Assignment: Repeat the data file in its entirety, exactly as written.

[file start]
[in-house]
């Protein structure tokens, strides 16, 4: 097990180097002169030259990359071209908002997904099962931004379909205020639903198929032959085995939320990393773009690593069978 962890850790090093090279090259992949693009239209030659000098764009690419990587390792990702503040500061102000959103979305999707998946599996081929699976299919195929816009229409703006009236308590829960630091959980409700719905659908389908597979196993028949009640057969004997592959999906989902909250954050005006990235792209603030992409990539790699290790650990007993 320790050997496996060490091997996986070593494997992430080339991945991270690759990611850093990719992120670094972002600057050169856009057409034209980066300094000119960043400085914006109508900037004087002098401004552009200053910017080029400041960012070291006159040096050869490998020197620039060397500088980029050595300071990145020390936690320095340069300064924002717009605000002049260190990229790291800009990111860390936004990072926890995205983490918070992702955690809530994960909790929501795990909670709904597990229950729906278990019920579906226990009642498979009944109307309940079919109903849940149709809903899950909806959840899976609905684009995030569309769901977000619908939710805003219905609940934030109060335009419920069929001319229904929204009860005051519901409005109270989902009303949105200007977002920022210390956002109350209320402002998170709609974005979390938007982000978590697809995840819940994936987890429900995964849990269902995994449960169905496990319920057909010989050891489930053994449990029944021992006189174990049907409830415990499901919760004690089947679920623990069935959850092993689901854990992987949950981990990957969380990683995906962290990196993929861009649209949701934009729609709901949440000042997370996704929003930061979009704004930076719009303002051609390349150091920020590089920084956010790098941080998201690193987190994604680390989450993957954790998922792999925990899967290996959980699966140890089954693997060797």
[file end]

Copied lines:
[in-house]
């Protein structure tokens, strides 16, 4: 097990180097002169030259990359071209908002997904099962931004379909205020639903198929032959085995939320990393773009690593069978 962890850790090093090279090259992949693009239209030659000098764009690419990587390792990702503040500061102000959103979305999707998946599996081929699976299919195929816009229409703006009236308590829960630091959980409700719905659908389908597979196993028949009640057969004997592959999906989902909250954050005006990235792209603030992409990539790699290790650990007993 320790050997496996060490091997996986070593494997992430080339991945991270690759990611850093990719992120670094972002600057050169856009057409034209980066300094000119960043400085914006109508900037004087002098401004552009200053910017080029400041960012070291006159040096050869490998020197620039060397500088980029050595300071990145020390936690320095340069300064924002717009605000002049260190990229790291800009990111860390936004990072926890995205983490918070992702955690809530994960909790929501795990909670709904597990229950729906278990019920579906226990009642498979009944109307309940079919109903849940149709809903899950909806959840899976609905684009995030569309769901977000619908939710805003219905609940934030109060335009419920069929001319229904929204009860005051519901409005109270989902009303949105200007977002920022210390956002109350209320402002998170709609974005979390938007982000978590697809995840819940994936987890429900995964849990269902995994449960169905496990319920057909010989050891489930053994449990029944021992006189174990049907409830415990499901919760004690089947679920623990069935959850092993689901854990992987949950981990990957969380990683995906962290990196993929861009649209949701934009729609709901949440000042997370996704929003930061979009704004930076719009303002051609390349150091920020590089920084956010790098941080998201690193987190994604680390989450993957954790998922792999925990899967290996959980699966140890089954693997060797």